Saturday, July 2, 2011

New Revelation

Times on the accuser's phone call to the man in jail:

When the conversation was translated — a job completed only this Wednesday — investigators were alarmed: “She says words to the effect of, ‘Don’t worry, this guy has a lot of money. I know what I’m doing,’ ” the official said.


MYOS said...

Doesn't mean there was no assault, but that she isn't the upstanding citizen the NYT portrait had painted 2 weeks ago; clearly, she's a person able to exploit any situation she's in (although that's probably how she survived the horrible conditions in Guinea).
It doesn't even matter whether she was assaulted now: she's shot her own case and made it impossible to prosecute.
The prosecution must be very very mad at her at this point; in addition, it wouldn't surprise me if she were prosecuted for perjury.

Mr Punch said...

"Doesn't mean there was no assault" - no it doesn't, but the fact that she has (according to the prosecutors)a record of false rape claims means that her word in this case means nothing.

Anonymous said...

Anyone know if under US law DSK can sue the prosecutor for reputational damage?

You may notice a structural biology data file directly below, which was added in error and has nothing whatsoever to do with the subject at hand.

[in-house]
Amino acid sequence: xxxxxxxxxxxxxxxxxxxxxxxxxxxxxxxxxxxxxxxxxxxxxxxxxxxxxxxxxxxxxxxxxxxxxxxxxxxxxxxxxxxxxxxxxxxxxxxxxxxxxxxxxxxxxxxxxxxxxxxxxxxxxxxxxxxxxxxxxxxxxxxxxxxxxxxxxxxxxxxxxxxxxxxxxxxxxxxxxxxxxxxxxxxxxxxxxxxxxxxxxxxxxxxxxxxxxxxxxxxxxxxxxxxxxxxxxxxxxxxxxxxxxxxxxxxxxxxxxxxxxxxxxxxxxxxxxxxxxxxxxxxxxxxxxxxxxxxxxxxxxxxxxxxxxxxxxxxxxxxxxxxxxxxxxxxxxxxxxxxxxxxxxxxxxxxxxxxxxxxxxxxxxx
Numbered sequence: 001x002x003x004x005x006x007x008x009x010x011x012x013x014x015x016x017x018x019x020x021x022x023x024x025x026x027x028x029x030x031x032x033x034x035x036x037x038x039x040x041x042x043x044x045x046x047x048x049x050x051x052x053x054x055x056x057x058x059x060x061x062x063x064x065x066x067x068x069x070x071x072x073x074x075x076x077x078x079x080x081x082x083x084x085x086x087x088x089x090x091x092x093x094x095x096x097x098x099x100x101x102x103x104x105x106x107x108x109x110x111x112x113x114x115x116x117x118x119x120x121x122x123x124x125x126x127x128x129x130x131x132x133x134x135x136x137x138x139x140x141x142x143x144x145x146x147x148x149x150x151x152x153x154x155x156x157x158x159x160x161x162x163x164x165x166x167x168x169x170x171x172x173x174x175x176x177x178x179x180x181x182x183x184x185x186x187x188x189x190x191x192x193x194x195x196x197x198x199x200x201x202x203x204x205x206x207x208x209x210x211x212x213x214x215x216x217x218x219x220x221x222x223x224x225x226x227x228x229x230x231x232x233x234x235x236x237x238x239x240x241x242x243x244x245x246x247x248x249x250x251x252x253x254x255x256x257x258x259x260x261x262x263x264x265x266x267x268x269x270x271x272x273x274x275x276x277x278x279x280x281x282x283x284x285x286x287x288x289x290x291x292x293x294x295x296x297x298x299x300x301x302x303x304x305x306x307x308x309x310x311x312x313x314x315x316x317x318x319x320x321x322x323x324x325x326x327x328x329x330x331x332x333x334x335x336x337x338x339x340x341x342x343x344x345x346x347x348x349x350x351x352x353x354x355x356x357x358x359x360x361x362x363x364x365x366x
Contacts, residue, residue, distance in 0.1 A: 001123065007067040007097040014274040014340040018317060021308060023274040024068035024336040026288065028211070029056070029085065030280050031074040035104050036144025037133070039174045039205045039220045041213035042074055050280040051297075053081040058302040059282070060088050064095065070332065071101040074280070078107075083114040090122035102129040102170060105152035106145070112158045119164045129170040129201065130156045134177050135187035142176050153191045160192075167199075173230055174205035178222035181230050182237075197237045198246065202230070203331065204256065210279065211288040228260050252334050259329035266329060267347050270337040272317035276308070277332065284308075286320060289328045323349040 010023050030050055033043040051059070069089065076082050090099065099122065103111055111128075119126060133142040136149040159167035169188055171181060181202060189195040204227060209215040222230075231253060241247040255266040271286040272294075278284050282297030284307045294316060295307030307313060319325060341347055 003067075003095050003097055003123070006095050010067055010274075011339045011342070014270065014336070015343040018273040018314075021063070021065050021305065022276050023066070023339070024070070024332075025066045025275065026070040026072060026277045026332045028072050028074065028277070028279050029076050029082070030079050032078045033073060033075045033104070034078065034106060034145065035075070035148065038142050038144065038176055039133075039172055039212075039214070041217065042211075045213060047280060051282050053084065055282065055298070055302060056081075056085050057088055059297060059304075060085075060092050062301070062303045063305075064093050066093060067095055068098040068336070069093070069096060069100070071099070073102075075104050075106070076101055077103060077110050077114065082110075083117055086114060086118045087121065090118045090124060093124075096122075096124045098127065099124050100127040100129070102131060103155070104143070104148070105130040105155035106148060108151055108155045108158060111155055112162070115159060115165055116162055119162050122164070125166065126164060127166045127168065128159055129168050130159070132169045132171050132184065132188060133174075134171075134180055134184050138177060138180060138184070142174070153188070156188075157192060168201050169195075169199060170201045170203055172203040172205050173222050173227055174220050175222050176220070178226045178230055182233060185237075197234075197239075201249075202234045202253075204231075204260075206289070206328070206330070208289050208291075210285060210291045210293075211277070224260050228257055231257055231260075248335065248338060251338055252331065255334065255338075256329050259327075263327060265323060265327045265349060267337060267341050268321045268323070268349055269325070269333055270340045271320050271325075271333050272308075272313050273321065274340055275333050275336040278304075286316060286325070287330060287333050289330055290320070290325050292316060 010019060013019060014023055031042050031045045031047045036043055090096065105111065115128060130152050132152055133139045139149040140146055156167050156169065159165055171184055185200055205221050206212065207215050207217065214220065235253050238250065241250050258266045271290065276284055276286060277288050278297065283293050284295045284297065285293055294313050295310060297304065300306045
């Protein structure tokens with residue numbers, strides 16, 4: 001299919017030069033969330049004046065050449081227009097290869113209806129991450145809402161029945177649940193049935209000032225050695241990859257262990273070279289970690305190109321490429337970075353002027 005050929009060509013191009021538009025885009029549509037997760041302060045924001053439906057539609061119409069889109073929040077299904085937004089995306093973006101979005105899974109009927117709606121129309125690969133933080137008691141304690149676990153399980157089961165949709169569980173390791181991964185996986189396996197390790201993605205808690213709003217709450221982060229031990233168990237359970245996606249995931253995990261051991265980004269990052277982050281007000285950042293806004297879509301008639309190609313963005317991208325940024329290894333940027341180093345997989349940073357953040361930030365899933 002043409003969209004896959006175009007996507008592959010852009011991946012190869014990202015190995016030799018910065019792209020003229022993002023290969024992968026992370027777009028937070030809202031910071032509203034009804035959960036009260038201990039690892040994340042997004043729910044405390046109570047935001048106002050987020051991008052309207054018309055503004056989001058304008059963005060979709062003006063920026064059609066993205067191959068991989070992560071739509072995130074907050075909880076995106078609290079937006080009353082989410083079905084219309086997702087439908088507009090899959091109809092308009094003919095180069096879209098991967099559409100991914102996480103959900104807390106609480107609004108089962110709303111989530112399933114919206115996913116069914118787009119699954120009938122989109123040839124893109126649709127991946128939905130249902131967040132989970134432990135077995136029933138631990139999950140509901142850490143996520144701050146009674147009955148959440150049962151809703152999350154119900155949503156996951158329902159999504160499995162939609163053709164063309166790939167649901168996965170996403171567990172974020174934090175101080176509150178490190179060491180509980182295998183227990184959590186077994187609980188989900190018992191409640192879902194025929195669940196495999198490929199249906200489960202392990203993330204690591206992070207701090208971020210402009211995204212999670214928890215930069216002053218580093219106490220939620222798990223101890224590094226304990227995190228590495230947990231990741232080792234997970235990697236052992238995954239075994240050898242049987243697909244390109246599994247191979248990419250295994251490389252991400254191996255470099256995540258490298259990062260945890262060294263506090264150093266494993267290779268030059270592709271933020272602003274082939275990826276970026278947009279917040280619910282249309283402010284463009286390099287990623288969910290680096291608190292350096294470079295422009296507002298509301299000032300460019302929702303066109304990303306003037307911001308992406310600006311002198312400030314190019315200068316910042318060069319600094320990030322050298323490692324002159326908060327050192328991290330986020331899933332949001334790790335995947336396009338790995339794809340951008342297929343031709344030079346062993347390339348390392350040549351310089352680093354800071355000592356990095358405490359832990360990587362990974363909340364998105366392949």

bernard said...

and what does it matter that every single person who knows DSK really closely has said that they could never picture him as a violent man.

Anonymous said...

Friends rarely imagine their friends to be violent, especially when the violence is directed toward women or children. We can't count the number of times when friends said they 'never suspected' that X could beat his wife/his child.

I've got a technical question: who translated? Since the language/dialect is fairly obscure, one can imagine the prosecutor had problems in finding people to translate the phone call (in fact it took over 2 weeks.) I recall information that indicated that there was a scarcity of rare-language translators in the US; I know from direct contact that after 9/11, they had to resort to native speakers (including taxi drivers) to translate some phone calls. And whoever has an understanding of what translator/interpreters do can see that "being a native speaker" is far, far from being enough to translate a document. This led to a renewed focus in finding people trained in urdu, farsi, arabic, etc Since Fulani is even more obscure, can we know what the interpreter's qualifications are?
I realize that the question may sound as a 'the translation is wrong' thing, but I took it at face value... until I realized how much was riding on what could be strong or weak understanding of the nuances of both languages; I'm wondering how much faith we can put in it, based on what I know has been done before, because I'd like to hear something like 'the translator is a Level5 in Fulani'.